Given that your Administration’s debt relief plan falls squarely within your administrative authority, we expect the legal challenges to the plan will fail, and 40 million Americans will be able to have their debts reduced or eliminated as they return to repayment. Through your action, approximately 20 million borrowers will have no remaining balance, and nearly 90 percent of relief dollars will go to those earning less than $75,000 a year. In the less than 4 weeks that the application for debt relief was available and before the U.S. Department of Education (the Department) was required to stop accepting applications as a result of lawsuits from opponents of the program, 26 million people applied to the Department to be deemed eligible for relief. Of such applicants, most are living in lower-income and majority-minority zip codes, suggesting debt relief will not only help individual borrowers but will also have a positive impact across communities that need it most. Over 16 million of those borrowers’ applications were fully approved by the Department and sent to loan servicers.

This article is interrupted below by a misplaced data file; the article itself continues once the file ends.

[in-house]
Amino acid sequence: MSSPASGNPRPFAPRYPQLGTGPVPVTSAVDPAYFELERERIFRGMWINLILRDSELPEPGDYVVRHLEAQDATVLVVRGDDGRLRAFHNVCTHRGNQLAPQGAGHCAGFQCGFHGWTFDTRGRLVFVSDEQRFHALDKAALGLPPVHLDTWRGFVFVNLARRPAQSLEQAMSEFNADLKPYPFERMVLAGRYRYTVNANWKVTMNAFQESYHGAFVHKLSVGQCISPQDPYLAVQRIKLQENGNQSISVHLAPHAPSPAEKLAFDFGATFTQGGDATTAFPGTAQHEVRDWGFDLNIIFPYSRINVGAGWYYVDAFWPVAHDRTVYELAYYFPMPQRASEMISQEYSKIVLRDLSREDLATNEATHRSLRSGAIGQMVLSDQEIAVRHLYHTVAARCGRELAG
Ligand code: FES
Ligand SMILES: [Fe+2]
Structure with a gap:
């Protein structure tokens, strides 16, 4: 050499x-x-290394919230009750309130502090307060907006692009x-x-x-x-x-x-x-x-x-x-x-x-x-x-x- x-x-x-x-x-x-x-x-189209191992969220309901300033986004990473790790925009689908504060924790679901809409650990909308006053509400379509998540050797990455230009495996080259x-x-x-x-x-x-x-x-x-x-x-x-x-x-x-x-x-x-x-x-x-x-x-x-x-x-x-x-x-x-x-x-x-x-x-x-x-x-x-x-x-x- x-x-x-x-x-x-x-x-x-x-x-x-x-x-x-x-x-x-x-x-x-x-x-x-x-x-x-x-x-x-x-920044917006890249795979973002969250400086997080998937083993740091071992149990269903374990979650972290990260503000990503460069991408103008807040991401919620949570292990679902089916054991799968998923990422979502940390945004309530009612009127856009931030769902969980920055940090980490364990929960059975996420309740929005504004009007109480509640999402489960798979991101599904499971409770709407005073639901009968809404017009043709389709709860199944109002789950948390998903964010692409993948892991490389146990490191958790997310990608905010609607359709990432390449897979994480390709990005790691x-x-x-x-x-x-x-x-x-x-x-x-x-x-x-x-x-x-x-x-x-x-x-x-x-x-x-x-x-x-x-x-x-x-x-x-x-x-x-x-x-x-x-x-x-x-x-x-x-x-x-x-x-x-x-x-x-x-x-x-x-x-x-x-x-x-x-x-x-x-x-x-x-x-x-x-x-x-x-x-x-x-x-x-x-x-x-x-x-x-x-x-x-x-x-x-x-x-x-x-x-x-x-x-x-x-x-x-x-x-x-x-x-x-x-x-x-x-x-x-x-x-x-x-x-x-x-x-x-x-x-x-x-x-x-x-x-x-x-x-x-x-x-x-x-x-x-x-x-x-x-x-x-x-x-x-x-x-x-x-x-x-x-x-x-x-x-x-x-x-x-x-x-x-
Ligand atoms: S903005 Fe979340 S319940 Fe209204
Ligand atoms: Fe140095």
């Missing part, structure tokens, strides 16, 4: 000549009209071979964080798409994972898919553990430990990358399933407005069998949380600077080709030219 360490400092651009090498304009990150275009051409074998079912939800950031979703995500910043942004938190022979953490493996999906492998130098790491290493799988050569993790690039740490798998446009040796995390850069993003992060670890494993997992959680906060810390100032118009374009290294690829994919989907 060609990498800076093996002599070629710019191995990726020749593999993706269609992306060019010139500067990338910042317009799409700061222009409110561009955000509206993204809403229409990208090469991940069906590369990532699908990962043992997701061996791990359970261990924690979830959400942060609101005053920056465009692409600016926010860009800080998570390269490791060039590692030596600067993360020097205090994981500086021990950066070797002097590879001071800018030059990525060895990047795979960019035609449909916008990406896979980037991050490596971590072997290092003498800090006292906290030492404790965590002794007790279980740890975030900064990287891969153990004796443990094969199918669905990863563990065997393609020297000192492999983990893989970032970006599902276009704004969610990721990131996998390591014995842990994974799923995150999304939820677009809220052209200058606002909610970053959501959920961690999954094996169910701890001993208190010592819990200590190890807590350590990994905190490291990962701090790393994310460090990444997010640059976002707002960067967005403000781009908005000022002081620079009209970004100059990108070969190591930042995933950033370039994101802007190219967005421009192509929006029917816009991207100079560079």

Overall, the debt relief program will help so many borrowers as they continue to recover from the financial distress of the pandemic. We applaud the steps your Administration has taken to effectively reduce the risk of delinquency and default, particularly for our most vulnerable communities. We strongly support your debt relief plan and look forward to partnering with you to ensure every eligible borrower receives it.